About a quarter of patients with chest pain and half of those with heart attacks get to the hospital via EMS (emergency medical services), yet little is known about the timing of this journey.
The authors studied 5,887 calls made by people with suspected cardiac symptoms to EMS in 10 municipalities involving 29 hospitals and 98 EMS depots in Dallas County, Texas, in 2004. People with the symptoms were equally divided between men and women; half were white.
Women took an average of 2.3 minutes longer to get to the hospital than men, not considered a critical difference.
One expert agreed that difference was minimal.
"I'm not sure there's much here. It's a study from what happened five years ago in one place," said Dr. Robert Greenberg, an assistant professor of emergency medicine at Texas A&M Health Science Center College of Medicine and vice chairman of emergency medicine at Scott & White in Temple. "When you cut to the bottom line, they're talking about a two-minute difference and that's not going to make any difference in patient care. The question would be why."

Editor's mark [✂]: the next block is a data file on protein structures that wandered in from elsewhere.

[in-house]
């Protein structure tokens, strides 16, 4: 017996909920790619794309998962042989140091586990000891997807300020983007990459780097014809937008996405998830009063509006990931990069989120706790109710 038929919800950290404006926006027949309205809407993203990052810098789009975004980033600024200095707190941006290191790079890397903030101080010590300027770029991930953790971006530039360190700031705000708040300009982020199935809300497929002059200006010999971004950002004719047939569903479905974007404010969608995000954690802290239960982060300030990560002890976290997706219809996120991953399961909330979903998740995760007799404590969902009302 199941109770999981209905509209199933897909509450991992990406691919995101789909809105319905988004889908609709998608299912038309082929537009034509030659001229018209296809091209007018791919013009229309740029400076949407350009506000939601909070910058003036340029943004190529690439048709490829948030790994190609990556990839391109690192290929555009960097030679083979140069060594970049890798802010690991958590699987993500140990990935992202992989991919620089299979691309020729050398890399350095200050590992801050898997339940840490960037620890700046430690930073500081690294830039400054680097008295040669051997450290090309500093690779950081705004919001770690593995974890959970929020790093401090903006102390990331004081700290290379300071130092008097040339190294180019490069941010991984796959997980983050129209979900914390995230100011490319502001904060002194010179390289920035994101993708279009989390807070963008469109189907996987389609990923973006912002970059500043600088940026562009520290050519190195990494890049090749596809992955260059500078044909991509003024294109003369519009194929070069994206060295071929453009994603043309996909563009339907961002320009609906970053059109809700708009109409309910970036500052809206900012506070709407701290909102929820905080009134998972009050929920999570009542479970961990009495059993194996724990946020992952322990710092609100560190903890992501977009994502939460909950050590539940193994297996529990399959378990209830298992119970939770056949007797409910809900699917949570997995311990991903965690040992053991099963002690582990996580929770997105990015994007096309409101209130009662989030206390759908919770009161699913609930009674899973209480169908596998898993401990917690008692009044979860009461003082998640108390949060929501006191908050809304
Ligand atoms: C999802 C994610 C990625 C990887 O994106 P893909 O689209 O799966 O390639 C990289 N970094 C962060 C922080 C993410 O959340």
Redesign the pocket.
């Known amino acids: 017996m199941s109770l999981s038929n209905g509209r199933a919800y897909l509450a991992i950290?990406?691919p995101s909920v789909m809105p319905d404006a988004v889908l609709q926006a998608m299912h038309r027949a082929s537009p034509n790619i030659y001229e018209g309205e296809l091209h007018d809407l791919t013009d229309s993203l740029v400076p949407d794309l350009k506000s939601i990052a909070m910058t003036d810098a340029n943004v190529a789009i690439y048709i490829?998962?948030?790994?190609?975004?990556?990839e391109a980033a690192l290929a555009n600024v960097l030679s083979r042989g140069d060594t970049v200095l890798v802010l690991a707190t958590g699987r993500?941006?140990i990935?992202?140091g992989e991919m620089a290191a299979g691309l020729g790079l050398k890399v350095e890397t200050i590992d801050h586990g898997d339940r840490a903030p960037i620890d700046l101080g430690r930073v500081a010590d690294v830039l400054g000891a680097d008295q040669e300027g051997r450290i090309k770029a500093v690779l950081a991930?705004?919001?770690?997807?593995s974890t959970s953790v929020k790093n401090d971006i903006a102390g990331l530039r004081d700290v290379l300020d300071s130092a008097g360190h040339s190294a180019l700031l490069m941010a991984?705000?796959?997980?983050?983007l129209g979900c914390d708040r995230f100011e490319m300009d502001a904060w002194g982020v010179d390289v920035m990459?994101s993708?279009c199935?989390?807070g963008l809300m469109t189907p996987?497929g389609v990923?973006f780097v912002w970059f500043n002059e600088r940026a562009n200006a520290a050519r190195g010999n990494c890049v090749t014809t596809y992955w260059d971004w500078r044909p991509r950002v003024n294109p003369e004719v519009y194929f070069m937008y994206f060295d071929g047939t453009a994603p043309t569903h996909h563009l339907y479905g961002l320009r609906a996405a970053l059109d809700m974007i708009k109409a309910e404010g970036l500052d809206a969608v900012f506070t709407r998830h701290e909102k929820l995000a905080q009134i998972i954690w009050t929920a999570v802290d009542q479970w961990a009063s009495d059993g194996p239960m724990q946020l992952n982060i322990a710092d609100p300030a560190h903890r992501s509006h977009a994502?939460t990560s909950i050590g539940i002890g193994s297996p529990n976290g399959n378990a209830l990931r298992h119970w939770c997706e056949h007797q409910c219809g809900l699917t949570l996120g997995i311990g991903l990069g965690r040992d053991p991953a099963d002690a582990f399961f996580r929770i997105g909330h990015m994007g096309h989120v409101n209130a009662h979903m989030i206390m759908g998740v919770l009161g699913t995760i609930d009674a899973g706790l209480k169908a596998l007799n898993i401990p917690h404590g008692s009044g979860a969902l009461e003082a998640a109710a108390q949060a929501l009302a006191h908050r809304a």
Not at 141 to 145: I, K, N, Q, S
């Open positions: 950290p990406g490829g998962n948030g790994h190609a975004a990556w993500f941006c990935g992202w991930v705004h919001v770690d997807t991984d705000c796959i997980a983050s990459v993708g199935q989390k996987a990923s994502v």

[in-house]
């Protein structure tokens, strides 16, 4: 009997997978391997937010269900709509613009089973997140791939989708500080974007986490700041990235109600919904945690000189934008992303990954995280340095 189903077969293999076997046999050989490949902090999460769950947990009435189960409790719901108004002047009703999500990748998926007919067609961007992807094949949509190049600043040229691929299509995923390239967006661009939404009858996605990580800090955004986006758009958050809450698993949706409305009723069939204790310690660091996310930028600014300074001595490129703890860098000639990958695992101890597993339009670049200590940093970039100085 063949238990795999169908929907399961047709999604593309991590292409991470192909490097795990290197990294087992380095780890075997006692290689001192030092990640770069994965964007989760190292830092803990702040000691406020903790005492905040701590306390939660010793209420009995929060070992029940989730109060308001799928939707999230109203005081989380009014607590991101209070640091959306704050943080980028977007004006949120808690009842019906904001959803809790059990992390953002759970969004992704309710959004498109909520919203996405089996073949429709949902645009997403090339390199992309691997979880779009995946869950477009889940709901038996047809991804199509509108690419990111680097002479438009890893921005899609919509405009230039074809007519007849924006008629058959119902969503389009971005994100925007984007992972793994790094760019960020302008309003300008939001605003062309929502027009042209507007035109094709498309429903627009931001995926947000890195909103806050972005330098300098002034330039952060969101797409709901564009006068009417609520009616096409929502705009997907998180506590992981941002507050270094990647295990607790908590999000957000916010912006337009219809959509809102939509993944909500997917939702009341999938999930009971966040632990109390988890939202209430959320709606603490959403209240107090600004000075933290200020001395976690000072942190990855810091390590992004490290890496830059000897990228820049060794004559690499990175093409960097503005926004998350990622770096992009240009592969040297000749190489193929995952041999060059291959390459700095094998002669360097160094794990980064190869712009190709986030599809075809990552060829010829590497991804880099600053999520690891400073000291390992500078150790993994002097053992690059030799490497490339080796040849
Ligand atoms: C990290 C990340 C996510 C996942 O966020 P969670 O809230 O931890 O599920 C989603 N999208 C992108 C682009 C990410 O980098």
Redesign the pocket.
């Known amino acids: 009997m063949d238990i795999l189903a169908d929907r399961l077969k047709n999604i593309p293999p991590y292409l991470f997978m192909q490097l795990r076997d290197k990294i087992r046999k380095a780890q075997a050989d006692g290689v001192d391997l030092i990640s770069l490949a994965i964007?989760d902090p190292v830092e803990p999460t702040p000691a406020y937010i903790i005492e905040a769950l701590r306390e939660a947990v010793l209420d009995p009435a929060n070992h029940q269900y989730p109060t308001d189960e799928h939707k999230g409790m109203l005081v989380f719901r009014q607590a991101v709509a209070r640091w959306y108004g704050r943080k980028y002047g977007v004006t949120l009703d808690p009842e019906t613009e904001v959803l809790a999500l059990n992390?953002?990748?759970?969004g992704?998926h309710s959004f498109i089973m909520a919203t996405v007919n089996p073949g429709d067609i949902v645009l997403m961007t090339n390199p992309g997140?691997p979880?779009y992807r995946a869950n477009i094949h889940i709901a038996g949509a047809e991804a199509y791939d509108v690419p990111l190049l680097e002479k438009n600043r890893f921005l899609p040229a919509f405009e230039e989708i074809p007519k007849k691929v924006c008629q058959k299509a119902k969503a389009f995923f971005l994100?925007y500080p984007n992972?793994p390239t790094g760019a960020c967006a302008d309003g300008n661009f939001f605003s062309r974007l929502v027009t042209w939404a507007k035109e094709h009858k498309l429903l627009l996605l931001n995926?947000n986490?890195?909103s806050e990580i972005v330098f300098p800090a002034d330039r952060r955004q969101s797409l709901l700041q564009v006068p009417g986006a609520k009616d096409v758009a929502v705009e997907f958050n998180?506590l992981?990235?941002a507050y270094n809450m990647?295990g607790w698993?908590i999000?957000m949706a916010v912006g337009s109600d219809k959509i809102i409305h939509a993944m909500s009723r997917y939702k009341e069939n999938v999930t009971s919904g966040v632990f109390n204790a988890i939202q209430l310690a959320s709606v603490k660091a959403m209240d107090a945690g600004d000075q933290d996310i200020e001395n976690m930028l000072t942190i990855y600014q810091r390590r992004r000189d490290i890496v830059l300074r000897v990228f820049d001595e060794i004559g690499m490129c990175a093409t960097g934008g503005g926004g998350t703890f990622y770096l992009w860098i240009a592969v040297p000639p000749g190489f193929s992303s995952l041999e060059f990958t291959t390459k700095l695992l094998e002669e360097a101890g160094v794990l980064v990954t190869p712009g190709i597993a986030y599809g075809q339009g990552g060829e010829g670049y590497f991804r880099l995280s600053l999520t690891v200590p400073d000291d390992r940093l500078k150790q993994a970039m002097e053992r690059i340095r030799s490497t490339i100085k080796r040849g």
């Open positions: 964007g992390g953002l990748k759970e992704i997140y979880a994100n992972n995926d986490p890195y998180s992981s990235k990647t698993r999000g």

But about 11 percent of patients were delayed by 15 minutes or more, a window that could be critical. And women were 52 percent more likely than men to be delayed at least this long, regardless of other factors, including the demographics of the neighborhoods.
"We chose 15 minutes before even looking at the data set because clinical evidence suggests that if you are having a heart attack, 15 minutes is enough to cause significantly more cell death," Concannon said.
Gender-specific differences in cardiac symptoms could have other, far-reaching effects, an accompanying editorial stated. For instance, EMS personnel might need more time to diagnose the problem w
All rights reserved